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BACKGROUND: Clark and Wells' cognitive model of social anxiety proposes that socially anxious individuals have negative expectations of performance prior to a social event, focus their attention predominantly on themselves and on their negative self-evaluations during an event, and use this negative self-processing to infer that other people are judging them harshly. AIMS: The present study tested these propositions. METHOD: The study used a community sample of 161 adolescents aged 14-18 years. The participants gave a speech in front of a pre-recorded audience acting neutrally, and participants were aware that the projected audience was pre-recorded. RESULTS: As expected, participants with higher levels of social anxiety had more negative performance expectations, higher self-focused attention, and more negative perceptions of the audience. Negative performance expectations and self-focused attention were found to mediate the relationship between social anxiety and audience perception. CONCLUSIONS: The findings support Clark and Wells' cognitive model of social anxiety, which poses that socially anxious individuals have distorted perceptions of the responses of other people because their perceptions are coloured by their negative thoughts and feelings.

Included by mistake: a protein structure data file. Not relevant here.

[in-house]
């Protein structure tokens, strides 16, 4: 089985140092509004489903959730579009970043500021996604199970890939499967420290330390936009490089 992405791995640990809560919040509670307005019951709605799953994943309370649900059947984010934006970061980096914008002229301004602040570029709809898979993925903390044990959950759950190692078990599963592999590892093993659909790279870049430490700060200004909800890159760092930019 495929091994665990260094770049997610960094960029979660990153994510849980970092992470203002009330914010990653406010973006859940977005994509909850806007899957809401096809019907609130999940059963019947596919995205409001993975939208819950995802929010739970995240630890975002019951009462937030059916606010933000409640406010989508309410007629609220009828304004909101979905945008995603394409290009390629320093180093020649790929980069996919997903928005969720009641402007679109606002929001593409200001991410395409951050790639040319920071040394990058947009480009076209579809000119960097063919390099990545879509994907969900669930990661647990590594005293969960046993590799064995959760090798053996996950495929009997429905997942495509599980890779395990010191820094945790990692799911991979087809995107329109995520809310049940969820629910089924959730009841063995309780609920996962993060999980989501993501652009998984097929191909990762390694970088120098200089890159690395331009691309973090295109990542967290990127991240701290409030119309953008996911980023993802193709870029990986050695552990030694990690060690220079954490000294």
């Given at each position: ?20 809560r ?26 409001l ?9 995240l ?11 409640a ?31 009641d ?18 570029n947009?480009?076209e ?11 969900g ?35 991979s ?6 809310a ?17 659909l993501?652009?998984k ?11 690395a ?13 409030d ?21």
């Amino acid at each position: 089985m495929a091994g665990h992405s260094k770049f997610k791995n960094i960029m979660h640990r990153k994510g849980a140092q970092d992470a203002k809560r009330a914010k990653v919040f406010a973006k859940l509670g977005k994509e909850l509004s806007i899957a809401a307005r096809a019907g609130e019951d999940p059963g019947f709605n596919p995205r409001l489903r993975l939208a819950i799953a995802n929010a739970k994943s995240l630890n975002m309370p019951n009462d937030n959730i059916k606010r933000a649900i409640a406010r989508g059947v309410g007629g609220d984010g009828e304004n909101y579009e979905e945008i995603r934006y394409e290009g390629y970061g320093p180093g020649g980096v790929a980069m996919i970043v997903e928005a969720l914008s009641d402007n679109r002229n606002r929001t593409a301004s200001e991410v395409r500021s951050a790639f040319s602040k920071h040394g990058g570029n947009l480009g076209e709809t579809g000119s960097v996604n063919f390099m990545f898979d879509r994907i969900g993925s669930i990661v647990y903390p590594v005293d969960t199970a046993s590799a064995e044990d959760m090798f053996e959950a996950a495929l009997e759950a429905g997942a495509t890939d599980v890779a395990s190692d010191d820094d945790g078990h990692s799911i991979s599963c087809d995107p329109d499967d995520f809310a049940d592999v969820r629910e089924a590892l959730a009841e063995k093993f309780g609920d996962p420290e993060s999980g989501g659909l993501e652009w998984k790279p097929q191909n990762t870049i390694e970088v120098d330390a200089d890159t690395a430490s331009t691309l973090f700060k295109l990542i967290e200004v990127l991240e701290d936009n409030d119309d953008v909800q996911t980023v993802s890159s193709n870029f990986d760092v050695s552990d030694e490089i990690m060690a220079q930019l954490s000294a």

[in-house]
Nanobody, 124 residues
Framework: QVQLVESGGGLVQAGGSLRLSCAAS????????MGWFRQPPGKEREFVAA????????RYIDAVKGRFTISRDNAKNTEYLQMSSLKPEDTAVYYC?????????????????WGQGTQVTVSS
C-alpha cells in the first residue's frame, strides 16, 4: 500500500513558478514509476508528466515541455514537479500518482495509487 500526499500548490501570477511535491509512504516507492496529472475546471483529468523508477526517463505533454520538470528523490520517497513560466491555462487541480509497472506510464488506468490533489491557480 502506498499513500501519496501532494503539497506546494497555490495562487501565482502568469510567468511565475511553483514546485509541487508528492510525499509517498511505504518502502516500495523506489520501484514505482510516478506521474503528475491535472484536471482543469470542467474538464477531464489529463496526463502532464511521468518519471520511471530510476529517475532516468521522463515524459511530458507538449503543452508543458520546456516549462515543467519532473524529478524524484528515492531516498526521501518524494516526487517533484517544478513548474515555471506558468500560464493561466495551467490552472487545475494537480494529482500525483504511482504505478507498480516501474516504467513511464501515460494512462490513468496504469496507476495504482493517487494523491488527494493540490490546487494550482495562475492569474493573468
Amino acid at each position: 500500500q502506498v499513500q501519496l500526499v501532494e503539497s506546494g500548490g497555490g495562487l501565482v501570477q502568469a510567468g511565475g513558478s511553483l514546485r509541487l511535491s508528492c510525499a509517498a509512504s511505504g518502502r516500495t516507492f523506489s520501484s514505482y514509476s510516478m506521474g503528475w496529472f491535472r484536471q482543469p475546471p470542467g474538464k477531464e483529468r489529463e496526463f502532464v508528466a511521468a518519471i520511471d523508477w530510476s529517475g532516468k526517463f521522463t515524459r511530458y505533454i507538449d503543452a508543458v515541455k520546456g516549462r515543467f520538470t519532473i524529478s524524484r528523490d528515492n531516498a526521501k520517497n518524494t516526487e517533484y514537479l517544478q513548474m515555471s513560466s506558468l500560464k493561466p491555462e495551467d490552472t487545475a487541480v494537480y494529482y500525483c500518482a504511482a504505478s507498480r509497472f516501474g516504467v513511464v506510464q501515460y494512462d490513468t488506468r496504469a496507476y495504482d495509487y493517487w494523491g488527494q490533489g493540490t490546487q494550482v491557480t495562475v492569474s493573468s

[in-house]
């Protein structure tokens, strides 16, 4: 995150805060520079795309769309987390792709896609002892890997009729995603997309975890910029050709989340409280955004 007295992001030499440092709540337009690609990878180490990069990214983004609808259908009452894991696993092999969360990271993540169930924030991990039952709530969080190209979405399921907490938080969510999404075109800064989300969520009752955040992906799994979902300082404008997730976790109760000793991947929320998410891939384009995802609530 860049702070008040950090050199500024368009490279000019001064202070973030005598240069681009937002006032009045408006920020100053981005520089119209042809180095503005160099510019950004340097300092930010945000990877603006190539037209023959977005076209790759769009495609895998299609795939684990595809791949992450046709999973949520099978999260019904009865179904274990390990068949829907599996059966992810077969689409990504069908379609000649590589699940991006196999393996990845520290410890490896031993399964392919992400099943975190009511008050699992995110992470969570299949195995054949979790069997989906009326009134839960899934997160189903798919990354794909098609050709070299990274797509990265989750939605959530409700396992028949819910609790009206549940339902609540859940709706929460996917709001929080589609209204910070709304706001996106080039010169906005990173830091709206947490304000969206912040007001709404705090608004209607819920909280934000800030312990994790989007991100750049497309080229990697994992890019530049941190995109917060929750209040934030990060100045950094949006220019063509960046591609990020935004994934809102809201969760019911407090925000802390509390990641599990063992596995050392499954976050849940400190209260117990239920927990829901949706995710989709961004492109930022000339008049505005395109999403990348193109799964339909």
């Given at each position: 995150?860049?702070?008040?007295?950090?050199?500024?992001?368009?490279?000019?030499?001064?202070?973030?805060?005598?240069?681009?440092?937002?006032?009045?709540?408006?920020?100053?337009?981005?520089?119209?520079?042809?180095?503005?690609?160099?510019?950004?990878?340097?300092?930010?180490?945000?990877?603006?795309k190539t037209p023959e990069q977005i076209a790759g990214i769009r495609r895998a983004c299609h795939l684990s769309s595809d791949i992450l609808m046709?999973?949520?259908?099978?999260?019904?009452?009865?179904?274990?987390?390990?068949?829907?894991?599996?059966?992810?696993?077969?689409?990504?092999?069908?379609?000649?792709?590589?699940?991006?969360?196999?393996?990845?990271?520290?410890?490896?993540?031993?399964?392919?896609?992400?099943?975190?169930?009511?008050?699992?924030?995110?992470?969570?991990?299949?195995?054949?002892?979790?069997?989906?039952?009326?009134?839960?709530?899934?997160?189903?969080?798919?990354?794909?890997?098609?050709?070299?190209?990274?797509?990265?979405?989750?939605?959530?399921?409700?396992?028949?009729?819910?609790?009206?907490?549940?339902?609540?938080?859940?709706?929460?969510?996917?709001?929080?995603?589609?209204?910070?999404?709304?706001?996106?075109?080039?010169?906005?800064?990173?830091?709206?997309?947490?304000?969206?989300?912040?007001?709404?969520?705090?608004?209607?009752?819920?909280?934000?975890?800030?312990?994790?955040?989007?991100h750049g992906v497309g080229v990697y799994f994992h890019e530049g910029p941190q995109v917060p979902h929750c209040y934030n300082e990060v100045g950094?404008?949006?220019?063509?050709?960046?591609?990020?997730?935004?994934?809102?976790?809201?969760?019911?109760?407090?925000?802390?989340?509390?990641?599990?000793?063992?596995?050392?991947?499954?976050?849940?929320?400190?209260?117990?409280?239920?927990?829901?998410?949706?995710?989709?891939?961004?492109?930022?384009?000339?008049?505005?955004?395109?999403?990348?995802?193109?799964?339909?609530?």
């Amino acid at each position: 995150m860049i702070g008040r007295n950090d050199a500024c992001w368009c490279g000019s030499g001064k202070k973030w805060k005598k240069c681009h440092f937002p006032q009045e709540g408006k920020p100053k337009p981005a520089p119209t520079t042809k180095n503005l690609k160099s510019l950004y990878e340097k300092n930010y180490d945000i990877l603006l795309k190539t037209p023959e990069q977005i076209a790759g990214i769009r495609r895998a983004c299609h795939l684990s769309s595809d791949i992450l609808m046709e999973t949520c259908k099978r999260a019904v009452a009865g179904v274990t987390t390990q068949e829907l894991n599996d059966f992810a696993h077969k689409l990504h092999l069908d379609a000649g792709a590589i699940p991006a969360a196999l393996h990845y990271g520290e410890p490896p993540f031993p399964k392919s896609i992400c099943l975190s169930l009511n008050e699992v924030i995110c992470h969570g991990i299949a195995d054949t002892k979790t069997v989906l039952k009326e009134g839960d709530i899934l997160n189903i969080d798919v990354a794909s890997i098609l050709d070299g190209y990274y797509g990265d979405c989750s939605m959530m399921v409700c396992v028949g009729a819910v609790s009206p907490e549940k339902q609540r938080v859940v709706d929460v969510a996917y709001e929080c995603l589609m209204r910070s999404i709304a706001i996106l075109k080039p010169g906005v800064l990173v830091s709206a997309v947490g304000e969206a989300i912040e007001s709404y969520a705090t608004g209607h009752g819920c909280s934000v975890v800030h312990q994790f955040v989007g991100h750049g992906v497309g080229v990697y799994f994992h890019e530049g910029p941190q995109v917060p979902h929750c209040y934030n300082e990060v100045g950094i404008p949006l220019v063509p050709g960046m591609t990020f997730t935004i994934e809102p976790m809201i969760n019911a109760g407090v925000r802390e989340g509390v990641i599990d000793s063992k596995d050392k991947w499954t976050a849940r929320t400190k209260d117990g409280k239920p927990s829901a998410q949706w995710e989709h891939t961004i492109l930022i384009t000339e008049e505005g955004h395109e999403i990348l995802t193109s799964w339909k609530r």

Original publication




Journal article


Behav Cogn Psychother

Publication Date





555 - 567


Adolescent, Affect, Attention, Cognitive Therapy, Culture, Female, Humans, Judgment, Male, Models, Psychological, Phobic Disorders, Problem Solving, Self Concept, Social Perception, Speech